National Pain Week puts lived experience front and centre

chronic pain ambassadors

Akii Ngo was born with a life-threatening illness and has experienced chronic pain since the age of 8. She is one of millions of people living with chronic pain – and the stigma associated with it – every day in Australia.

“I’ve been unwell since the moment I was born,” said Ngo, who is now Executive Director of Chronic Pain Australia. “I had my first spinal surgery when I was 16.”

Around 3.2 million people over the age of 45 live with chronic pain, but Ngo is keen to point out that there are many young people who do as well.

“Because that statistic is related to older people, that then leads to the misconception that it’s only experienced by older people,” she said.

“When I was learning to drive, I was abused,” continued Ngo. “People were leaving notes on my car saying that I should be ashamed of myself [because I used the disabled car park]. So there are a lot of misconceptions about what chronic pain looks like.”

The theme of this year’s National Pain Week is “Faces of Pain.” The President of Chronic Pain Australia, Jarrod McMaugh, said the theme was chosen to illustrate how varied different people’s experience of pain is.

“Every single person you look at could be experiencing chronic pain and you wouldn’t know, because pain is a personal experience,” said McMaugh. “So the message this year is not to judge people, because your experience of pain is not the same as another person’s.”

National Pain Week is now in it’s fifth year. McMaugh said it began as a response to the observation that most of the information on chronic pain was put out by health practitioners, and there wasn’t a lot of information out there by people experiencing pain themselves.

The main event this year is a Facebook Live Q&A event being held on 27 July, but many hospitals, allied health professionals and clinics are holding their own information sessions locally.

McMaugh said that, in addition to being an extremely common experience, chronic pain is also misunderstood by the public.

“We’re talking about between one in five or even one in three people who experience persistent pain,” he said. “The reason as to why it’s difficult to get those statistics is because the types of pain that we consider to be chronic come in different forms.”

“For instance, it could be from an injury that has healed, but pain persists. And that adds to the stigma of this condition because health professionals will state that because the injury has healed and that the person should be fine, when they’re not.”

“There is also a lot of underreporting of pain, especially in men. We know that chronic pain occurs at roughly the same rates in men and women. But in our surveys, the respondents are predominantly women. That shows us that men are not as comfortable talking about their experiences.”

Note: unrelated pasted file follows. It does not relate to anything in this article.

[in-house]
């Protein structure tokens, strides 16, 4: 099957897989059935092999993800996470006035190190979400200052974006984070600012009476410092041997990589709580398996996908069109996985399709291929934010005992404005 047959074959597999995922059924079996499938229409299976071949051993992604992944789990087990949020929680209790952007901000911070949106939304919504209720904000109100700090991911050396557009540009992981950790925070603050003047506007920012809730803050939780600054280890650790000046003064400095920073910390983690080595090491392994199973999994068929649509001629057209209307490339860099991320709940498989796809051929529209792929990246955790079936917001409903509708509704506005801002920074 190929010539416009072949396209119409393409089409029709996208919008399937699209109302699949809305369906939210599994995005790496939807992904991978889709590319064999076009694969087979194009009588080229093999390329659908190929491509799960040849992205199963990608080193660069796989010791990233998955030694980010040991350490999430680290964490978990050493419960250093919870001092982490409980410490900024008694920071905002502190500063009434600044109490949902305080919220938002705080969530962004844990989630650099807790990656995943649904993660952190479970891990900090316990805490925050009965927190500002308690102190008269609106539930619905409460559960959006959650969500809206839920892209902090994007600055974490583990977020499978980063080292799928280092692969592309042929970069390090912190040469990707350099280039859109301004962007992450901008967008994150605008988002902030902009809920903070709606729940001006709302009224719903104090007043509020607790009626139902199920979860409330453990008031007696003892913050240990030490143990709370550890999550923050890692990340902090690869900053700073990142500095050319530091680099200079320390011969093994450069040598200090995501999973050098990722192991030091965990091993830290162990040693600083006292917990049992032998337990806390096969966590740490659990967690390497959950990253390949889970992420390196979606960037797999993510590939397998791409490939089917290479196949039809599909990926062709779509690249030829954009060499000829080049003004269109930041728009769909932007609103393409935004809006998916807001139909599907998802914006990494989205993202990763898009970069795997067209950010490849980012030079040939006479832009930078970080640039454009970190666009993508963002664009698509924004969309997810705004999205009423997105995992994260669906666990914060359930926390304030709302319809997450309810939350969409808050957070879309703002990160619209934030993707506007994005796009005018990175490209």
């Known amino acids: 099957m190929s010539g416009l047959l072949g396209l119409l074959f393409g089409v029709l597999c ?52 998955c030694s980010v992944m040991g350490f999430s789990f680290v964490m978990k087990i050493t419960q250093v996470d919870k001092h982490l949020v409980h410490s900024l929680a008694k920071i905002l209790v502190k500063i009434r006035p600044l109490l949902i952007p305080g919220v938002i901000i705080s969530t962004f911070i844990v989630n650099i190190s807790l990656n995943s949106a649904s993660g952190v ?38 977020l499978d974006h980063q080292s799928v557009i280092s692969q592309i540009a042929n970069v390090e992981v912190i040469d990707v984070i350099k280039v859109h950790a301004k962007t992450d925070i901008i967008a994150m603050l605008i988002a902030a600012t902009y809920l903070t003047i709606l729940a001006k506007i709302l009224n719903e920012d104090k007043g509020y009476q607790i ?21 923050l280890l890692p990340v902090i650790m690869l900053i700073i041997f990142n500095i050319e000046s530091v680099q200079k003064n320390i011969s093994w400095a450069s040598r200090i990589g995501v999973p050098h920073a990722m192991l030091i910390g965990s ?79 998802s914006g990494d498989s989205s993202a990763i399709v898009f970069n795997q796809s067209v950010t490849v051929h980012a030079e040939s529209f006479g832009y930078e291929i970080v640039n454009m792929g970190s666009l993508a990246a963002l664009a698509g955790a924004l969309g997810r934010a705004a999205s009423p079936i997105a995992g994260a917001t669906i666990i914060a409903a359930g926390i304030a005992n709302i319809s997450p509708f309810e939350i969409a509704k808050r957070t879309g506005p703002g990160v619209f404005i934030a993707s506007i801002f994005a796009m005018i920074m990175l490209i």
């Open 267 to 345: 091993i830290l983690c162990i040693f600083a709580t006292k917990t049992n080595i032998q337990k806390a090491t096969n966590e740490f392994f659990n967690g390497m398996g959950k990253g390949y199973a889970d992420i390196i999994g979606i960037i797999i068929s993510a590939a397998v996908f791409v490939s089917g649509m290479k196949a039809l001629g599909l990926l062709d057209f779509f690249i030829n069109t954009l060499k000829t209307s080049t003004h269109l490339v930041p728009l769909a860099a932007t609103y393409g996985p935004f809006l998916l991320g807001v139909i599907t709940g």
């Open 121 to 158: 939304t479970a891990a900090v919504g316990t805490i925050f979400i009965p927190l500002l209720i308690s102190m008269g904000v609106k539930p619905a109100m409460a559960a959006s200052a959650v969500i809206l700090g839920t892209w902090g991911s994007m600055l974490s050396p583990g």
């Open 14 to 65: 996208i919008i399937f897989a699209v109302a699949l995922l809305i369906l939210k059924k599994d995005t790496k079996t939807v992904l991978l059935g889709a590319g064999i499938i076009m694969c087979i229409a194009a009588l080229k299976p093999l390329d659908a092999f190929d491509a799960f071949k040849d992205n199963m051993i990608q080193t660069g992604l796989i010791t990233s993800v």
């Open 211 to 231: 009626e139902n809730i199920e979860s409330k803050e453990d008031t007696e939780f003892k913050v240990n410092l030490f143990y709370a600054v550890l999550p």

McMaugh said that stigma is a big part of the problem.

“Some people associate taking pain medicines with weakness,” he said. “Or there is the perception that people take the medicines to get high – that’s a common attitude we hear from our survey respondents.”

“Another barrier to seeking treatment is access to different treatment options. In [Australia’s] health system, we fund unlimited access to doctors and medicines, but if you need access to allied health –that’s not funded. Or it’s funded perhaps five times a year. If you need ongoing access to allied health services, that adds up very quickly.”

Community pharmacist Kate Gill has been living with chronic pain for 10 years. She agreed that misconceptions and barriers make the experience far more difficult.

“When I first had this pain, all I wanted was a magic bullet to make it all better,” she said. “I had an incorrect diagnosis for about 2 ½ years.”

“I went through multiple investigations. My life really changed when I was referred to a persistent pain management board. That’s when my life slowly started to turn around. Until then, I’d been sinking further and further into a hole.”

“The biggest challenge is the constant comments you get: ‘You look okay, you’re looking good.’ And you might look the same as you’ve always looked, but you don’t feel the same inside. Every day is a struggle. I go out when I’m feeling okay and I look okay – and I do have good days. But if I’m having a really bad day, I hide at home.”

Ngo said that the stigma also extends to the attitudes of some health professionals.

“When you go to the doctor, they may say ‘Well, you look pretty good today, you don’t look like you’re in that much pain,’” she said. “But if you live with chronic pain, that’s your new normal.”

“If you have to live with it, day in, day out, then you just have to get on with it. That’s going to look very different to someone who suddenly experiences acute pain.”

“In situations like that, you have no other choice but to keep going, to be strong and present yourself as doing okay, when in fact you may not be doing okay. You can only cry so much.”

“There are a lot of misconceptions of what it should look like and what your life should look like if you live with it,” said Ngo. “At Chronic Pain Australia, we believe that, whatever your experience is, it’s valid and we will advocate for your voice to be heard.”

National Pain Week runs from 27 July to 3 August.

Photo: Collage of National Pain Week ambassadors/Chronic Pain Australia

Sarah Jacob

Sarah Jacob is a journalist and editor and is currently The Advocate's Deputy Editor. She has written for a range of print and online publications across Australia and internationally with a focus on the environment and human rights. Previously she worked in conservation science and protected area management, and has completed postgraduate degrees in journalism and marine science.